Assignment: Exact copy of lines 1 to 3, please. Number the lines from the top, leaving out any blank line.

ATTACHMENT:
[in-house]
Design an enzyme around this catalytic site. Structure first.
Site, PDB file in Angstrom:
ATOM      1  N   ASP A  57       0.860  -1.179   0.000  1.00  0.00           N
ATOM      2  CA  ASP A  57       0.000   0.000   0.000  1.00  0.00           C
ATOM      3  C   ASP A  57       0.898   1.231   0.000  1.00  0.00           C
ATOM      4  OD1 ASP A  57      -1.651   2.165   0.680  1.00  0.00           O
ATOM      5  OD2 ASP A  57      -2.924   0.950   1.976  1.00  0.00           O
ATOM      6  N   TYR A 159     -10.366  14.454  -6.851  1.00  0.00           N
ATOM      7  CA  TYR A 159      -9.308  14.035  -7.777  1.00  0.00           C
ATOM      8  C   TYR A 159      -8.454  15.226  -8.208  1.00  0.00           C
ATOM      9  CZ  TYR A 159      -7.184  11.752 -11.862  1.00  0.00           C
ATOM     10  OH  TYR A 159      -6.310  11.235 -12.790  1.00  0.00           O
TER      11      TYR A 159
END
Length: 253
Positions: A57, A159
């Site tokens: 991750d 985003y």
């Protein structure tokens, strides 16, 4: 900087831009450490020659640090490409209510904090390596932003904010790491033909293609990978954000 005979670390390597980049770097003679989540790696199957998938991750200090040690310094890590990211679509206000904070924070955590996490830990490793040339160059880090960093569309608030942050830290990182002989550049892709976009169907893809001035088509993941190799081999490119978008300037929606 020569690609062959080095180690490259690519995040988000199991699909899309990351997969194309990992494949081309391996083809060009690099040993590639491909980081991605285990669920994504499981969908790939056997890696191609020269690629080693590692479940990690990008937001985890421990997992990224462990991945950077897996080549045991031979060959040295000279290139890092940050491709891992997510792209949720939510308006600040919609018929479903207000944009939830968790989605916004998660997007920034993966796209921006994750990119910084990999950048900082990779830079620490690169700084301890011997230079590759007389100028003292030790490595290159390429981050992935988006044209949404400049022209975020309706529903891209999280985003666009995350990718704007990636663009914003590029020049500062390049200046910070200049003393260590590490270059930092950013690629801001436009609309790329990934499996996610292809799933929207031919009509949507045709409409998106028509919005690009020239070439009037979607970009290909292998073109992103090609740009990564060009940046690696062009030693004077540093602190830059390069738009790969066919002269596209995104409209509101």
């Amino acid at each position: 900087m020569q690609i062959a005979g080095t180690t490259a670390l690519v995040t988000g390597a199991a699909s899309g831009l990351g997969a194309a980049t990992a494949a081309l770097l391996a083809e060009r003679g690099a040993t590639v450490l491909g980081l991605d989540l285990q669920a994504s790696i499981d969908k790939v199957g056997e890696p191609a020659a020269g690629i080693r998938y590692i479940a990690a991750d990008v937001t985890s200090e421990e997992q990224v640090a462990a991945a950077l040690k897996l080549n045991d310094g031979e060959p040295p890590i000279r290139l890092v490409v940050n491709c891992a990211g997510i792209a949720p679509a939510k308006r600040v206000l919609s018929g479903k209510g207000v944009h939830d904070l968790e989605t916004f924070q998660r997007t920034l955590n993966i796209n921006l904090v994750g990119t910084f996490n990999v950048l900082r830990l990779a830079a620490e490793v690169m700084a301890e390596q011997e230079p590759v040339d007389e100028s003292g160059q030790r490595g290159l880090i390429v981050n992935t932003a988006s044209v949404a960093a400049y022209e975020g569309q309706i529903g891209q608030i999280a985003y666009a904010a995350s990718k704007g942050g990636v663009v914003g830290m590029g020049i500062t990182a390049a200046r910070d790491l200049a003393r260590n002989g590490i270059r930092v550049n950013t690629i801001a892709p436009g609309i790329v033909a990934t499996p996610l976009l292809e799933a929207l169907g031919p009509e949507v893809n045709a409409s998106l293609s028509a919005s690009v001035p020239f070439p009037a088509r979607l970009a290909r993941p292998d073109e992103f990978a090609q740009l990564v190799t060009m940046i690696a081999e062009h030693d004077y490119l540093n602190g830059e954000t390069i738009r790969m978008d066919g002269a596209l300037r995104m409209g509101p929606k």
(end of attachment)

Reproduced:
[in-house]
Design an enzyme around this catalytic site. Structure first.
Site, PDB file in Angstrom: